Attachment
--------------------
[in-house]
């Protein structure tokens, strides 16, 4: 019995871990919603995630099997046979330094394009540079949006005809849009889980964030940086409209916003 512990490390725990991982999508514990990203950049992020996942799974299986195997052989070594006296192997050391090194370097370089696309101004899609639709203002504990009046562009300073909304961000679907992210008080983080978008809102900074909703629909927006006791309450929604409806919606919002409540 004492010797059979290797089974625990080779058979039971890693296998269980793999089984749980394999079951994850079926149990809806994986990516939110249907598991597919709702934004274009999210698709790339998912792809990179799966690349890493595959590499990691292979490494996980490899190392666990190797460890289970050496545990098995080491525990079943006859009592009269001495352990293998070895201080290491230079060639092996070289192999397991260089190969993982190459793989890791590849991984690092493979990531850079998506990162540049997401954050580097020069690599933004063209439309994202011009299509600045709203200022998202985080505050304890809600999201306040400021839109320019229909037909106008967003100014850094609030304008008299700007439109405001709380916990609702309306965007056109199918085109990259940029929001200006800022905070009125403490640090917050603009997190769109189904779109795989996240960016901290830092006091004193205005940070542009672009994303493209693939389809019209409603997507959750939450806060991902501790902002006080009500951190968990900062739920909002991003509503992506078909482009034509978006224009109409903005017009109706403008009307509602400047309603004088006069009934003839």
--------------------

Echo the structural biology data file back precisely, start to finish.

[in-house]
């Protein structure tokens, strides 16, 4: 019995871990919603995630099997046979330094394009540079949006005809849009889980964030940086409209916003 512990490390725990991982999508514990990203950049992020996942799974299986195997052989070594006296192997050391090194370097370089696309101004899609639709203002504990009046562009300073909304961000679907992210008080983080978008809102900074909703629909927006006791309450929604409806919606919002409540 004492010797059979290797089974625990080779058979039971890693296998269980793999089984749980394999079951994850079926149990809806994986990516939110249907598991597919709702934004274009999210698709790339998912792809990179799966690349890493595959590499990691292979490494996980490899190392666990190797460890289970050496545990098995080491525990079943006859009592009269001495352990293998070895201080290491230079060639092996070289192999397991260089190969993982190459793989890791590849991984690092493979990531850079998506990162540049997401954050580097020069690599933004063209439309994202011009299509600045709203200022998202985080505050304890809600999201306040400021839109320019229909037909106008967003100014850094609030304008008299700007439109405001709380916990609702309306965007056109199918085109990259940029929001200006800022905070009125403490640090917050603009997190769109189904779109795989996240960016901290830092006091004193205005940070542009672009994303493209693939389809019209409603997507959750939450806060991902501790902002006080009500951190968990900062739920909002991003509503992506078909482009034509978006224009109409903005017009109706403008009307509602400047309603004088006069009934003839």